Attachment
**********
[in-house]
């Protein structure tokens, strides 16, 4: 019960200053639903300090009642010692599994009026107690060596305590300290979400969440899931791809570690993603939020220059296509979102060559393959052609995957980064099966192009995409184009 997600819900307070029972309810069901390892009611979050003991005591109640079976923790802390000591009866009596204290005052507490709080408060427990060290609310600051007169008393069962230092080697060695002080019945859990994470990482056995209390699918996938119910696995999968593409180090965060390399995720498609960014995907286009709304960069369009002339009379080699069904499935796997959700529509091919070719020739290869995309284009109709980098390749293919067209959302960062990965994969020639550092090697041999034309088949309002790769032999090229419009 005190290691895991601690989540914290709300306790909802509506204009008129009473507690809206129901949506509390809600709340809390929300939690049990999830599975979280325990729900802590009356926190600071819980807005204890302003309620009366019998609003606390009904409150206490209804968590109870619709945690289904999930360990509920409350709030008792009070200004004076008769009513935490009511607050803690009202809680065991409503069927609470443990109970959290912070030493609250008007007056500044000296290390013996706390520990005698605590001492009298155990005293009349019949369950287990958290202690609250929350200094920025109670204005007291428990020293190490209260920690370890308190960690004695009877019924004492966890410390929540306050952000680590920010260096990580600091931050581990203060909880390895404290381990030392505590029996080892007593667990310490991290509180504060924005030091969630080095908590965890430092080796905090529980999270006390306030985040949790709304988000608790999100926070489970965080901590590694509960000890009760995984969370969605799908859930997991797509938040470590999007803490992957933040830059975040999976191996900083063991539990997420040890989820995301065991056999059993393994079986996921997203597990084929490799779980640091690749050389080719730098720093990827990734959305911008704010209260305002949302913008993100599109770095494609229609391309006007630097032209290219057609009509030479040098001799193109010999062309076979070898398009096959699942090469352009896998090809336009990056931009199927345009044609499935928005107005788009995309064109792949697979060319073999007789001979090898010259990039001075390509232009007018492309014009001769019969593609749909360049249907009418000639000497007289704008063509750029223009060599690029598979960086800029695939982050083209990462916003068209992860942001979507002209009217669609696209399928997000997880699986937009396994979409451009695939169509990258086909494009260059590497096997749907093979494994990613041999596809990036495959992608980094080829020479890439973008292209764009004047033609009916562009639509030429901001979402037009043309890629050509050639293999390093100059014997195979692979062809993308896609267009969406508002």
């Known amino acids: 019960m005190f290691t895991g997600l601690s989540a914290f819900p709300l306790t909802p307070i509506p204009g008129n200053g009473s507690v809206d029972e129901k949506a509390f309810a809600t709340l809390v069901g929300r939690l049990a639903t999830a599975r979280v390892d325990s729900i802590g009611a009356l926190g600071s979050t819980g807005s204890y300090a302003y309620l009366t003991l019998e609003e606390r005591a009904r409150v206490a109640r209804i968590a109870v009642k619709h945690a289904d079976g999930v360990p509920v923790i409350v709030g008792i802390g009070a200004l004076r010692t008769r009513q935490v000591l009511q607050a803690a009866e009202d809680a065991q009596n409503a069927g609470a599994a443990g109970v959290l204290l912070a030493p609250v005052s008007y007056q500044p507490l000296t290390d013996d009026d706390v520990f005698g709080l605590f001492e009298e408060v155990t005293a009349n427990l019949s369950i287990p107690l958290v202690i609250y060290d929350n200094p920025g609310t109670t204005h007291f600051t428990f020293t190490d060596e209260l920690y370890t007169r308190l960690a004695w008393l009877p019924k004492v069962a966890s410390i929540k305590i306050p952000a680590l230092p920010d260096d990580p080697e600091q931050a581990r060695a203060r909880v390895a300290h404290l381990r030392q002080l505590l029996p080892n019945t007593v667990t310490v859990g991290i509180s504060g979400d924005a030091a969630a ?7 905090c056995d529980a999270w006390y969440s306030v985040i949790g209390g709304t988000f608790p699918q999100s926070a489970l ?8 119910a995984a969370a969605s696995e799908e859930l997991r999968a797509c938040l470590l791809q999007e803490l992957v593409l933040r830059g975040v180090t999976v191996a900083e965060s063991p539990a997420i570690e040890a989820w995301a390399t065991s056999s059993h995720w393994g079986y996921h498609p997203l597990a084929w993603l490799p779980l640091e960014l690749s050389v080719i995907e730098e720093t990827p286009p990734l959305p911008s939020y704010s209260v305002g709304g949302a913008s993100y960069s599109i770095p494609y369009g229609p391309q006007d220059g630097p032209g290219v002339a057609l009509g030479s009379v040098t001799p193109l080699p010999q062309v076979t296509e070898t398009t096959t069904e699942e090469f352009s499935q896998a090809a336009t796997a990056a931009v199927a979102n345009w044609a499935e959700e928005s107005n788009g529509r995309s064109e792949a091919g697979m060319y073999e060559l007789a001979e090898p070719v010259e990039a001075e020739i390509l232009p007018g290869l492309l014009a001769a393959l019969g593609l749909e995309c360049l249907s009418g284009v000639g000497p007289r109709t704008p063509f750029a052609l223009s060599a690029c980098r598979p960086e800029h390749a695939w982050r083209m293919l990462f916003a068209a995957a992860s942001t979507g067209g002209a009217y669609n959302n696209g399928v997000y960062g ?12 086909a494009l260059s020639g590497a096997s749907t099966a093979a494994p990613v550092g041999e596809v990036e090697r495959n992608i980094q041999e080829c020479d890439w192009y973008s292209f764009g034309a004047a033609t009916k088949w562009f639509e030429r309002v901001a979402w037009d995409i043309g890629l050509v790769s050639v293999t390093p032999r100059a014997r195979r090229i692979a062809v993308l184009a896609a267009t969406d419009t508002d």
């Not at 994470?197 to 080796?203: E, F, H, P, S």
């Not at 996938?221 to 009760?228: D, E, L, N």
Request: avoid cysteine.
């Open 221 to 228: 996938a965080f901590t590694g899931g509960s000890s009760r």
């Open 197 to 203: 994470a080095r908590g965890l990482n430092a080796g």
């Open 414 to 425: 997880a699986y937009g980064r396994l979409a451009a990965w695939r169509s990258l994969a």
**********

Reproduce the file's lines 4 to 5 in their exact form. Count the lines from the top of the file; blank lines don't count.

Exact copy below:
């Not at 994470?197 to 080796?203: E, F, H, P, S």
């Not at 996938?221 to 009760?228: D, E, L, N």